SEATTLE — “I often think about how I can’t climb a mountain without a team; rarely do I think about how we’ll descend the same mountain while dealing with an emergency situation like this.”
As both an experienced climber and U.S. Marine, Capt. Nick Anthony has learned how to effectively “plan for the best and prepare for the worst.” Together with his team, the Seattle-based recruiting management officer was thrust into an emergency response situation while climbing in North Cascades National Park, Washington. Read More
MARINE CORPS BASE HAWAII - Removed from an ambushed platoon of Marines and soldiers in a remote Afghan village on Sept. 8, 2009, his reality viciously shaken by an onslaught of enemy fighters, Cpl. Dakota Meyer simply reacted as he knew best — tackling what he called “extraordinary circumstances” by “doing the right thing … whatever it takes.”
Nearly two years later, the White House announced Aug. 12, 2011, the 23-year-old Marine scout sniper from Columbia, Ky., who has since left the Marine Corps, will become the first living Marine to be awarded the Medal of Honor in 38 years. Retired Sgt. Maj. Allan Kellogg, Jr. received the medal in 1973 for gallantry in Vietnam three years earlier. Read More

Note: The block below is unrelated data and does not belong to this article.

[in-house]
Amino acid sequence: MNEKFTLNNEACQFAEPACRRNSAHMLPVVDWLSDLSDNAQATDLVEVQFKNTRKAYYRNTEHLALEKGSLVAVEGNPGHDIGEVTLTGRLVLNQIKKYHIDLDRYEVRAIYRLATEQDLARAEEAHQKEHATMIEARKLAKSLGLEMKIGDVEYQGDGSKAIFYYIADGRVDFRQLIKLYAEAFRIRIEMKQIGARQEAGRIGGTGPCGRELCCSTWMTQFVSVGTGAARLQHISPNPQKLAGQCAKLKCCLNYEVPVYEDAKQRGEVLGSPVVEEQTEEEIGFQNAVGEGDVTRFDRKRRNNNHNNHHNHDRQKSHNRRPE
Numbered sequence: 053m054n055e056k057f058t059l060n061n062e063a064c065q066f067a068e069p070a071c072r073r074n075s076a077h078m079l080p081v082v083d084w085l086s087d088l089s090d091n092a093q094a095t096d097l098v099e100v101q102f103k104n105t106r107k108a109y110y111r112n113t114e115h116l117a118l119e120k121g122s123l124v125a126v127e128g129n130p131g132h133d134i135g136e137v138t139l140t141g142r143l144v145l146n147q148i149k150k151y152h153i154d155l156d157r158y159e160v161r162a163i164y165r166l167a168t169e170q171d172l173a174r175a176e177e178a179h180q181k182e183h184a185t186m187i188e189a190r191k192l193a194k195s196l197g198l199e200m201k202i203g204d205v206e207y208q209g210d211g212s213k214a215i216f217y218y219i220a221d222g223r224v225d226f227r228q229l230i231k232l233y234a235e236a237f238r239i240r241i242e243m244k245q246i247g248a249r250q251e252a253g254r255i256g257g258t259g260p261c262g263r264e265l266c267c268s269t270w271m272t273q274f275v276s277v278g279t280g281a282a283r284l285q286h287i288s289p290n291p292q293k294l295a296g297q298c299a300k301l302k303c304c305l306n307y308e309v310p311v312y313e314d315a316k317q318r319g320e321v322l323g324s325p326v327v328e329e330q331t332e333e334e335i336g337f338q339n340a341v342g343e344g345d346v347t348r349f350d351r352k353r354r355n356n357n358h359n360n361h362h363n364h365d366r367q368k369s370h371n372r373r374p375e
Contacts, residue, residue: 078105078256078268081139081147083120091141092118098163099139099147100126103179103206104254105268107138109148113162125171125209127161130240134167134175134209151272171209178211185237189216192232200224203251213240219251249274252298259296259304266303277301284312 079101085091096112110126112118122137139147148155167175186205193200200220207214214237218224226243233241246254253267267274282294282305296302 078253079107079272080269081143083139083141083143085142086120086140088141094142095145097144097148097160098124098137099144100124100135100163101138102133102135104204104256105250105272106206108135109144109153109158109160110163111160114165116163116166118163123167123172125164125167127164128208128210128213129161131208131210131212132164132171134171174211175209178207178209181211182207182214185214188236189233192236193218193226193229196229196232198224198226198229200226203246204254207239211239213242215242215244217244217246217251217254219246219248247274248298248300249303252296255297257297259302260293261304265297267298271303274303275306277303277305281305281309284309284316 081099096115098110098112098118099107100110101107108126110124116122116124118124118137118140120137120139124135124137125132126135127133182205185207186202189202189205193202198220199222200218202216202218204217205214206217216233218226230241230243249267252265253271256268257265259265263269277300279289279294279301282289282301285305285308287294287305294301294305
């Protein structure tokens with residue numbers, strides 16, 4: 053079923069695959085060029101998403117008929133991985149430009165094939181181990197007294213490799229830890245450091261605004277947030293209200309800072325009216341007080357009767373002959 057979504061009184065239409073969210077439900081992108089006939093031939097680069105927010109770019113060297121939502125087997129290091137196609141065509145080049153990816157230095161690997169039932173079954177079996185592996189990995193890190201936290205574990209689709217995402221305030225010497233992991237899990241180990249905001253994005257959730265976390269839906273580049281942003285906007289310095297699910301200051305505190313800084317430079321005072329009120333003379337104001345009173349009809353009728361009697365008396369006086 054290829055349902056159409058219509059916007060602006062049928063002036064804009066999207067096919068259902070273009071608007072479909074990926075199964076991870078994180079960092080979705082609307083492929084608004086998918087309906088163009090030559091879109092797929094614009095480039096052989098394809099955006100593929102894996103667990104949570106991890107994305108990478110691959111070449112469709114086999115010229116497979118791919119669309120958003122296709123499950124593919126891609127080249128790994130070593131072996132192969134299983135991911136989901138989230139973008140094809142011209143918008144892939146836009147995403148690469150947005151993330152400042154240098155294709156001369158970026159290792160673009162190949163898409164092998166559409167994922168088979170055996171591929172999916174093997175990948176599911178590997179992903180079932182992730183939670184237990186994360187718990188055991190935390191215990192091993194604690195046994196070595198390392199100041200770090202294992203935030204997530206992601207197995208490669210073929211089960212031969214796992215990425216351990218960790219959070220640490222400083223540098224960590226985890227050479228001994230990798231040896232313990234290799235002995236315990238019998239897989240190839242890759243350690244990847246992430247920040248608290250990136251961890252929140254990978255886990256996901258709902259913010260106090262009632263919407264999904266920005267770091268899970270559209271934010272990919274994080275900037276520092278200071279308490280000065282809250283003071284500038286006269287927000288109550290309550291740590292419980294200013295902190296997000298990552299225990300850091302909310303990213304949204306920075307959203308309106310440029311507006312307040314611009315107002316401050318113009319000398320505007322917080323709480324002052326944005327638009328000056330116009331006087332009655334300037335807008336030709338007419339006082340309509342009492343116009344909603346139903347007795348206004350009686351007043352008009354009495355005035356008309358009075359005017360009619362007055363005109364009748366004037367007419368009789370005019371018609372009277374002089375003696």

BELLEVUE, Wash. - Few events in Marine Corps history are storied as the iconic flag raising on Mt. Suribachi during World War II’s Battle of Iwo Jima. The quiet event, starkly contrasting the bloody battle that claimed lives of a third of the war’s fallen Marines, later marked a deafening Allied victory and powerfully symbolized the resolve of a nation at war. Read More
History will forever honor famed Associated Press photographer Joe Rosenthal for capturing the celebrated photo of the flag raising. But without the attention to detail of a young Marine lieutenant, this powerful image of American patriotism would likely not exist.